Byzantine Back and Forth

This week is Holy Week and as the LifeTeen band isn’t playing this weekend, it means I can spend Easter at my favourite church, an Eastern Rite (Byzantine) Catholic parish near to where I live.

Alleluia!…well, almost 😉

One of the things I love about the Byzantine Rite is the standard set of greetings and responses which take place during the year.

For example, when I first attended the parish I got there very early on in the morning and heard the priest greet a parishioner with the exclamation: “Glory to Jesus Christ!”, to which the parishioner responded “Glory forever!”. This seems to me like a wonderful way to begin any conversation! 🙂

These responses change throughout the liturgical year.  At “Nativity” (Christmas) it becomes:

“Christ is born!”
“Glorify Him!”

We will shortly be entering the “Pascha” (Easter) season when it will change to:

“Christ is Risen!”
“Indeed He is Risen!”

And at certain blessings, such as at the end of Great Vespers or at the Kiss of Peace:

“Christ is among us!”
“He is and will be!”

 These all seem wonderful ways of proclaiming the faith! Feel free to practise in the “Comments” section below…

“Glory to Jesus Christ!”…

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2 Responses to Byzantine Back and Forth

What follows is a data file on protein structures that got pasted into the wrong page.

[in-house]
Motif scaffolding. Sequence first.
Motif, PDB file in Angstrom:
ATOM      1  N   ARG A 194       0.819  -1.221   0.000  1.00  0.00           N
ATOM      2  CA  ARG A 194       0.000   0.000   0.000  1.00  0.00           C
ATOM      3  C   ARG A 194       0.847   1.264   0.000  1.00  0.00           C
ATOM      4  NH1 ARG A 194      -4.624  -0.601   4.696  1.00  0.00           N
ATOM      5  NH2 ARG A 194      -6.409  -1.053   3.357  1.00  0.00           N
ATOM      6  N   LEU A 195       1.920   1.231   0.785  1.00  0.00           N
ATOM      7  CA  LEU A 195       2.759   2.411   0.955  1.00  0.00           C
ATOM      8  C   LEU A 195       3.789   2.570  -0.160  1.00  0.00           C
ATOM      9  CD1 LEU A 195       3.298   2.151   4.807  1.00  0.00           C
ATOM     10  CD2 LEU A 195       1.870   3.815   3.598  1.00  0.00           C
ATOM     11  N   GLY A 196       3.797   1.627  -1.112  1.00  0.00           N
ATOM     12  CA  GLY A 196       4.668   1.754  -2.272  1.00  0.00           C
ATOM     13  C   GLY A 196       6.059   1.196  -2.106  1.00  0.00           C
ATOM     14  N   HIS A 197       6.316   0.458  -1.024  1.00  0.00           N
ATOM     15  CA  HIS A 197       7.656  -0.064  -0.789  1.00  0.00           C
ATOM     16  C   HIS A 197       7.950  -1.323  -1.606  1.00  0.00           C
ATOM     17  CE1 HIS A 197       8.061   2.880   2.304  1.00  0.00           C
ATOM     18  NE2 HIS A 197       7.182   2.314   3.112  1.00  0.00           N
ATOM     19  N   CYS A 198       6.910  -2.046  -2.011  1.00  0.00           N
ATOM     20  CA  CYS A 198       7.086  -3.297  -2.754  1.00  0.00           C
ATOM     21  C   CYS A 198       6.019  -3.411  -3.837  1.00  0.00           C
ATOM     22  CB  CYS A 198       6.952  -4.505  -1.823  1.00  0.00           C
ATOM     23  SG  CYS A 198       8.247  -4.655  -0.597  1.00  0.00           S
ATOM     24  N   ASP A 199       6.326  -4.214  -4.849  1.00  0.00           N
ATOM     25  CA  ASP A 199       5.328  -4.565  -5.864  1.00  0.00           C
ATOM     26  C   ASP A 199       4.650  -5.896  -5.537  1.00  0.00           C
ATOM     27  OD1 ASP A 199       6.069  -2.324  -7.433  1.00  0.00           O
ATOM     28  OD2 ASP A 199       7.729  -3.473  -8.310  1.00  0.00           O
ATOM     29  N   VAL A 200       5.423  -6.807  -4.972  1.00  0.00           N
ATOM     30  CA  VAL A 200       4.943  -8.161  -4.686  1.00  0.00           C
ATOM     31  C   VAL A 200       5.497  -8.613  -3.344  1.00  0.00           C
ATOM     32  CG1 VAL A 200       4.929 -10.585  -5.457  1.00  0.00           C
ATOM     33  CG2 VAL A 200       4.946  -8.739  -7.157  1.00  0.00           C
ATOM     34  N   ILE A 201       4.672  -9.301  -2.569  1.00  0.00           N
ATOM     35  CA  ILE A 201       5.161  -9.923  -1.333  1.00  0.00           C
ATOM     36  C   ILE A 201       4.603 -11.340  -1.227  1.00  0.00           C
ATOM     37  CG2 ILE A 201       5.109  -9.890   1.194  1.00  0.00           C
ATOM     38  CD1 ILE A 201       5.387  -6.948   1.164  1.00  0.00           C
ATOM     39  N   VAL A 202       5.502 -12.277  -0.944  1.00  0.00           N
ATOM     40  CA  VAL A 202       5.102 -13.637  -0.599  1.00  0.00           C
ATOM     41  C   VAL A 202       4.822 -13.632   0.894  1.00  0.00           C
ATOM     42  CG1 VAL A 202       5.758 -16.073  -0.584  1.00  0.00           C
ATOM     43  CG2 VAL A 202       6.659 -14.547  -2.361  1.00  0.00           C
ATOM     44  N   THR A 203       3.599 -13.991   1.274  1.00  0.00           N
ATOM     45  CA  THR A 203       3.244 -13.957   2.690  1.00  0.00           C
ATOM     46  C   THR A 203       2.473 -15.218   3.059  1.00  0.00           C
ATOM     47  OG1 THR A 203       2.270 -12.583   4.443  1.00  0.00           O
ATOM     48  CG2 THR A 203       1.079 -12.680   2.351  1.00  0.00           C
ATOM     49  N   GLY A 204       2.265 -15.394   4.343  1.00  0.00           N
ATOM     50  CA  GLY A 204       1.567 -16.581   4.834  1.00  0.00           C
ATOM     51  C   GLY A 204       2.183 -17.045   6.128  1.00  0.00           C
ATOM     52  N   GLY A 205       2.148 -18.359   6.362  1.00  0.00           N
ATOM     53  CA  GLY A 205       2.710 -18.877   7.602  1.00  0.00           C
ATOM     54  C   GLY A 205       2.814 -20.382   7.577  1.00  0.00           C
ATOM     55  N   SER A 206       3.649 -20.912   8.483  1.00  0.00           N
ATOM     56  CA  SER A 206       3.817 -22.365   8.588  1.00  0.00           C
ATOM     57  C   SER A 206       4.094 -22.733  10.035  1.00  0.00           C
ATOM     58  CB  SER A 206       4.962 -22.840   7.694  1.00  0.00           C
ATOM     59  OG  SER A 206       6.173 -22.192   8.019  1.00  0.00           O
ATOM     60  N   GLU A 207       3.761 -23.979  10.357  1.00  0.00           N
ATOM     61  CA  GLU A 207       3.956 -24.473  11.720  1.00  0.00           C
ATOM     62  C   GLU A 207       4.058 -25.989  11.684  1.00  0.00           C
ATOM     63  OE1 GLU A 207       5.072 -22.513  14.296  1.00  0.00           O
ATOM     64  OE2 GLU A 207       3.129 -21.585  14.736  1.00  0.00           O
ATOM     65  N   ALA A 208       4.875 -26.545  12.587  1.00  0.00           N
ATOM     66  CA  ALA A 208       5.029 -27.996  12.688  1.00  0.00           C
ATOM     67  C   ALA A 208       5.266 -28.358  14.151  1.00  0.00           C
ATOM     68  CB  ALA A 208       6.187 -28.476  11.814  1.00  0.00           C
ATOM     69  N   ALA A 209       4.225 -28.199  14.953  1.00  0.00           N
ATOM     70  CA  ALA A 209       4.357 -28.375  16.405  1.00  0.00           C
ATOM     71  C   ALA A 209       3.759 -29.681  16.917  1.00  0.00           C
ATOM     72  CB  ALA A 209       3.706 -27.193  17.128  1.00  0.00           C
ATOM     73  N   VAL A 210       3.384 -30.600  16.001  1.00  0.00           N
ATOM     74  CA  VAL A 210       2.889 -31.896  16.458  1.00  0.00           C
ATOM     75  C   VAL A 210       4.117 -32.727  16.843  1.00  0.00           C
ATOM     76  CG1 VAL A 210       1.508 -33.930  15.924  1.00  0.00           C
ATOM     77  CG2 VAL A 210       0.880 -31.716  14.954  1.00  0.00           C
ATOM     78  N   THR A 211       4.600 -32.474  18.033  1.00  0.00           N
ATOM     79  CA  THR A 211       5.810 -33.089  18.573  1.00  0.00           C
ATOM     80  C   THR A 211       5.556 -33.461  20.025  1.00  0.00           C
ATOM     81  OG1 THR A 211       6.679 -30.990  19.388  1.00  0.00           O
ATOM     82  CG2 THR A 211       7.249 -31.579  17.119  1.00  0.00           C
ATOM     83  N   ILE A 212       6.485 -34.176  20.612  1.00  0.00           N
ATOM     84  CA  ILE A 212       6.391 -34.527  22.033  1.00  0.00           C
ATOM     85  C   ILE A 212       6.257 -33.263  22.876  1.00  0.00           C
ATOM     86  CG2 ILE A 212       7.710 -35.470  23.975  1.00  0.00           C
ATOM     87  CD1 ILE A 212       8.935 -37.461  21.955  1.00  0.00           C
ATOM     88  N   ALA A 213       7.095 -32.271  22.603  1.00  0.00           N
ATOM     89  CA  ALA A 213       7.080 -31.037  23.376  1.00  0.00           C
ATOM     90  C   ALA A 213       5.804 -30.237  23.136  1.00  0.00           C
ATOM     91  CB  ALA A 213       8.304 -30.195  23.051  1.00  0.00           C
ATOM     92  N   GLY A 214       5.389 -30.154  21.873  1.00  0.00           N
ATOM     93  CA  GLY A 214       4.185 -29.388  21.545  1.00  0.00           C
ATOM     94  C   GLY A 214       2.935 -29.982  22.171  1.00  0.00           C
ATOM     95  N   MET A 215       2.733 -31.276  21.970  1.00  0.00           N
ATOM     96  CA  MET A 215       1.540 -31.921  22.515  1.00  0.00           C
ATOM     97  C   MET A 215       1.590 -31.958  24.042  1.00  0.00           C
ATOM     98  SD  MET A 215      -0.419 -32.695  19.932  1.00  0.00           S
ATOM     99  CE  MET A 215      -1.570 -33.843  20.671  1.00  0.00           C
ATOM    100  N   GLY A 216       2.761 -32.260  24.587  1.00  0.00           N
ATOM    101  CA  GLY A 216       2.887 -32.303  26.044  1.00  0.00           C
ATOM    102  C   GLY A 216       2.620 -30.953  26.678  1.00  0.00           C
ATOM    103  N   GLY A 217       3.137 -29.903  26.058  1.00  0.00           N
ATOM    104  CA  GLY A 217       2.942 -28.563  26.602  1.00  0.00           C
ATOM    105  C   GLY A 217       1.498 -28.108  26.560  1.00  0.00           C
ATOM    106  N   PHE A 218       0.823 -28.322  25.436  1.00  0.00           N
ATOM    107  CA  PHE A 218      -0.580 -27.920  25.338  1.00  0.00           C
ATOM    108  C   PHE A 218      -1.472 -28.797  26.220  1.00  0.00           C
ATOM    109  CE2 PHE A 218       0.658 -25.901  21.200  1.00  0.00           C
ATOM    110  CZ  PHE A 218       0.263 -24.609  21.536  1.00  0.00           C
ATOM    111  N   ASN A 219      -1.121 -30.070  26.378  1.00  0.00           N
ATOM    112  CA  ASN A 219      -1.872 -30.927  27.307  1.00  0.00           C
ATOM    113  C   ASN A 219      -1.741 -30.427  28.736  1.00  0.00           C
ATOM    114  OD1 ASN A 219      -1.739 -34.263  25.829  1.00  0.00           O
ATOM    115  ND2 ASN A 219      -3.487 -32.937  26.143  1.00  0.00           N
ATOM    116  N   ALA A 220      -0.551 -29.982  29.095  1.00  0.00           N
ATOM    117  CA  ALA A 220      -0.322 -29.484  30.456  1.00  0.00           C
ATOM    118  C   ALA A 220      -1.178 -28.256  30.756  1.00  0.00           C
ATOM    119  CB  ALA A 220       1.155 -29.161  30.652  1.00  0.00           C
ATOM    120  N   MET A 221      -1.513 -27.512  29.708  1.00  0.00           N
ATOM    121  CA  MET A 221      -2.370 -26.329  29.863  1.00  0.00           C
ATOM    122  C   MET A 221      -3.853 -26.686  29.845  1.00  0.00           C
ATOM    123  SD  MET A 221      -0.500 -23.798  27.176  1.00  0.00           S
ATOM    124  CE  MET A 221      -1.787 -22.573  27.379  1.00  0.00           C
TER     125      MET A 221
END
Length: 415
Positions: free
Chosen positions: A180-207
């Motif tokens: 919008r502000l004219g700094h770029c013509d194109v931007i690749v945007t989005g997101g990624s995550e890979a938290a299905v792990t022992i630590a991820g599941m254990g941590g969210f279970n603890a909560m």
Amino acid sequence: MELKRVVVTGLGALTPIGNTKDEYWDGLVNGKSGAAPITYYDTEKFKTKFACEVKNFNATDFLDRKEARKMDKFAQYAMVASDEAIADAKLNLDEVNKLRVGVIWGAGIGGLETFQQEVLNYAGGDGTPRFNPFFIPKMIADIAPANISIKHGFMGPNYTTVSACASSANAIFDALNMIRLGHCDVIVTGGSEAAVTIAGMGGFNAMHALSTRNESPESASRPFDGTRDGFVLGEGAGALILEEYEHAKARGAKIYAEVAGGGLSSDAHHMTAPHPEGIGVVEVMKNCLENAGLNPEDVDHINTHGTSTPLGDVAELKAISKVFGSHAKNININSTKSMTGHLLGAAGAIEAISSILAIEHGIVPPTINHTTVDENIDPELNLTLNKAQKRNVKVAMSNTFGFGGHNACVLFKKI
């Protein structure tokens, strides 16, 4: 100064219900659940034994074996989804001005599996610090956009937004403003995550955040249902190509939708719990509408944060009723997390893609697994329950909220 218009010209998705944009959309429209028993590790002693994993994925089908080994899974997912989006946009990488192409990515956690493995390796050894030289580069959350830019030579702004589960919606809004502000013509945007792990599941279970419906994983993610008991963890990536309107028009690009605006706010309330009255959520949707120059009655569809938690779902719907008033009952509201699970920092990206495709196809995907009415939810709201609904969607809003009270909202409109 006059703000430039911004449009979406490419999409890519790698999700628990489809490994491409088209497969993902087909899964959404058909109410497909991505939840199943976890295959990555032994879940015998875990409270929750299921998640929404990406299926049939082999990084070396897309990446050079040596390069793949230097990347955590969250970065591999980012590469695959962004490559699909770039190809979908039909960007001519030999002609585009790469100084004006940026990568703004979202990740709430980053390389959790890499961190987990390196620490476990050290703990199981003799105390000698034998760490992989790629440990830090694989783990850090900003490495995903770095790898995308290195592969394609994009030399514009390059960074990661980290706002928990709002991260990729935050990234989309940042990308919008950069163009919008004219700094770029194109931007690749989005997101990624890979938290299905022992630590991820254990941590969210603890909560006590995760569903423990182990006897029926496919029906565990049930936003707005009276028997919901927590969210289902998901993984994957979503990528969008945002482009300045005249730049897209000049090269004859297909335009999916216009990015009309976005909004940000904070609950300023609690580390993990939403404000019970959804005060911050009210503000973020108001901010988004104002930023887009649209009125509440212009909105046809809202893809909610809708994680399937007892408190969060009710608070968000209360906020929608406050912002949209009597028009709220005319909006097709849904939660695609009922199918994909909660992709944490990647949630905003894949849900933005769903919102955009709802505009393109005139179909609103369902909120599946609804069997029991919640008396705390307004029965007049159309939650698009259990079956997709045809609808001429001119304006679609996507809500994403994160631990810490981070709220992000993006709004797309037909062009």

1. Fr Hugh says:

    It is not the east that has all the nice greetings you know. Until the Latin Rite ditched Latin (effectively) the Easter greeting used to be “Gaudium Paschale”, to which the response was “Quod est Alleluia”. It is not so easy to translate to English and keep the snappiness of it, but it basically means “The joy of Easter”… “That’s Alleluia!”

    The grass isn’t ALWAYS greener the other side of the fence, though I admit that in the eastern Catholic Churches it is pretty green.

  2. Oh definitely! When Fr. Boniface was in charge of the Altar Servers, part of our training was knowing the various responses after the major feasts.

    However, such responses, as you point out, have pretty much disappeared from Western Catholicism, which is a shame. The only rough equivalent I’ve seen in current use has been among those involved with Youth 2000:

    Leader: “God is good…”
    Response: “….all the time”
    Leader: “…and all the time…”
    Response: ” …God is good”

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